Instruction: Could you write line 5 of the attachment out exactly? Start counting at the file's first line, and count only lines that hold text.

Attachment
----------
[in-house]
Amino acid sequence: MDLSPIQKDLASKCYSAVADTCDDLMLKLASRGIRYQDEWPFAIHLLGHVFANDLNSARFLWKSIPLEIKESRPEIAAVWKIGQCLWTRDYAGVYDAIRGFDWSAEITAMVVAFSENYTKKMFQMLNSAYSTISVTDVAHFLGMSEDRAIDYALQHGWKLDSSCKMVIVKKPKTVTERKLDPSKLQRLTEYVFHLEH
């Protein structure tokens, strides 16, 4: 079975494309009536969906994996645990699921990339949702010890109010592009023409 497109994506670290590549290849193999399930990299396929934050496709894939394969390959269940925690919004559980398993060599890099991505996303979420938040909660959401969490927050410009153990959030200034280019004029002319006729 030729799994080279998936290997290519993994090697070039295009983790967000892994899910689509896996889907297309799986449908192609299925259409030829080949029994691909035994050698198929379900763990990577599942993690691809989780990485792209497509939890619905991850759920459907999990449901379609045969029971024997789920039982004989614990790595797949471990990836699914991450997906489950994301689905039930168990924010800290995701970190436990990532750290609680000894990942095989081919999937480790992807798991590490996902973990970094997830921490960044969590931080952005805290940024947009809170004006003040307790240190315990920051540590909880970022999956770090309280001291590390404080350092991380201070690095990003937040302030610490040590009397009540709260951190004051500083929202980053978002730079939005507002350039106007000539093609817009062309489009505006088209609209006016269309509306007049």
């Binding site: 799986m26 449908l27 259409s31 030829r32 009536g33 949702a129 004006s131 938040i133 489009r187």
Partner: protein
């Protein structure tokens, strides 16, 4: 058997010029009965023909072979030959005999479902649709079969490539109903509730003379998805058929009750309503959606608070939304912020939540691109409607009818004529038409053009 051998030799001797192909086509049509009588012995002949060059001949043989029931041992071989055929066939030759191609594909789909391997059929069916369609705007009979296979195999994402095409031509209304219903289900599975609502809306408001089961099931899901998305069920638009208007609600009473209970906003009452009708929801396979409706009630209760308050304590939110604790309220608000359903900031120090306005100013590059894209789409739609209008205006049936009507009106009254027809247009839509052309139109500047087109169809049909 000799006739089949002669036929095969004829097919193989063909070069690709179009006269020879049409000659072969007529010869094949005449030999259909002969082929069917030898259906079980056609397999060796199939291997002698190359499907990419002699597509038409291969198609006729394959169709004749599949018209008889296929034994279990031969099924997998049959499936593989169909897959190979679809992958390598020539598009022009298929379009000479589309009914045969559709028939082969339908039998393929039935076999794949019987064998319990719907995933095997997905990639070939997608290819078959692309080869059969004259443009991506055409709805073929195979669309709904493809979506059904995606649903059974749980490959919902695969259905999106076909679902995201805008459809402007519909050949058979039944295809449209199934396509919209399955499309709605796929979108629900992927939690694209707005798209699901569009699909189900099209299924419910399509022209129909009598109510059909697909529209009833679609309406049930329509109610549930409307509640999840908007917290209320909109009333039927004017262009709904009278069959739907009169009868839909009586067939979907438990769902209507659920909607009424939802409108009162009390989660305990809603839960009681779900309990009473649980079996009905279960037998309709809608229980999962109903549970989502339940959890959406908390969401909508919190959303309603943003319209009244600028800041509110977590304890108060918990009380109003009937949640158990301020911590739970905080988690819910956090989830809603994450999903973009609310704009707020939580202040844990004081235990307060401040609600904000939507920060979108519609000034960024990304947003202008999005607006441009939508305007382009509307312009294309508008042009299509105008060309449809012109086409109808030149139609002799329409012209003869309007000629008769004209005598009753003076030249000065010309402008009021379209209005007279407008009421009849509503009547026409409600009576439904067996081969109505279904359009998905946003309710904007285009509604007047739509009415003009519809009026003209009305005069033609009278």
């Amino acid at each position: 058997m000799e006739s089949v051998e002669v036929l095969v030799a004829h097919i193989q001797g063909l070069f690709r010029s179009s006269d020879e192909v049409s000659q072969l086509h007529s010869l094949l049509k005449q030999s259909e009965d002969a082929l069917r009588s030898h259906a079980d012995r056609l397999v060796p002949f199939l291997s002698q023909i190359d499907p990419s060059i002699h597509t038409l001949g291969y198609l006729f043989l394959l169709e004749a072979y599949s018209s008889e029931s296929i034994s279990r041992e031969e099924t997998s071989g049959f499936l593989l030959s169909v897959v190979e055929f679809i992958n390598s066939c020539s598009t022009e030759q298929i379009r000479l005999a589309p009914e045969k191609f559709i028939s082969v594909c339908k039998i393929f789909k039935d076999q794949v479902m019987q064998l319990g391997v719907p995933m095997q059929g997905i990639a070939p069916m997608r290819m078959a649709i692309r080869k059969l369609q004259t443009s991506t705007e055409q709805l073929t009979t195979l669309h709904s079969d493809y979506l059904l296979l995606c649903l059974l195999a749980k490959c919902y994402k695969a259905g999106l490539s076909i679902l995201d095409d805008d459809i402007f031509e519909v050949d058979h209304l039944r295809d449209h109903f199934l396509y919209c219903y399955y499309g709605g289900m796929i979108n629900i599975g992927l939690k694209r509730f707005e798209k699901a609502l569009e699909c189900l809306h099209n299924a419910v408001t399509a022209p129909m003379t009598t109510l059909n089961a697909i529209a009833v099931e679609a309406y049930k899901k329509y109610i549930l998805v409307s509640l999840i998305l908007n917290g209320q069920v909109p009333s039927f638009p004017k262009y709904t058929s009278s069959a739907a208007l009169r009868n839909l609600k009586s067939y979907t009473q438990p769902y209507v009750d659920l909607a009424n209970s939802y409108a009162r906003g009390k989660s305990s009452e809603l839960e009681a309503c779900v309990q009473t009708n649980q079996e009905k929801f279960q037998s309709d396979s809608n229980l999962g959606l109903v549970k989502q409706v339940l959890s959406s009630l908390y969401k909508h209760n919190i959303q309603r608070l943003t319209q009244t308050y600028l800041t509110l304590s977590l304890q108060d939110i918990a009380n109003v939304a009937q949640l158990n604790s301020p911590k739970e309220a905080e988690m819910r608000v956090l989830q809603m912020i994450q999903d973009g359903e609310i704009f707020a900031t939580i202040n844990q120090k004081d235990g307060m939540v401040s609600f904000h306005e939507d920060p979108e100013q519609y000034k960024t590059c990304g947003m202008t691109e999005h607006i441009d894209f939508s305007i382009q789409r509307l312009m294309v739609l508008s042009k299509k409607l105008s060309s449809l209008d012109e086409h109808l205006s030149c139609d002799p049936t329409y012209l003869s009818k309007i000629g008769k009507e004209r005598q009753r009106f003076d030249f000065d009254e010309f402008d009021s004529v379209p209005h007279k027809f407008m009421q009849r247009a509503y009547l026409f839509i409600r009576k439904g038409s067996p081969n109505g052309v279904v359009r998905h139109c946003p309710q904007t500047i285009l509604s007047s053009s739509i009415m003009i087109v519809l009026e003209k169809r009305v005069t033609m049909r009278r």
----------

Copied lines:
Partner: protein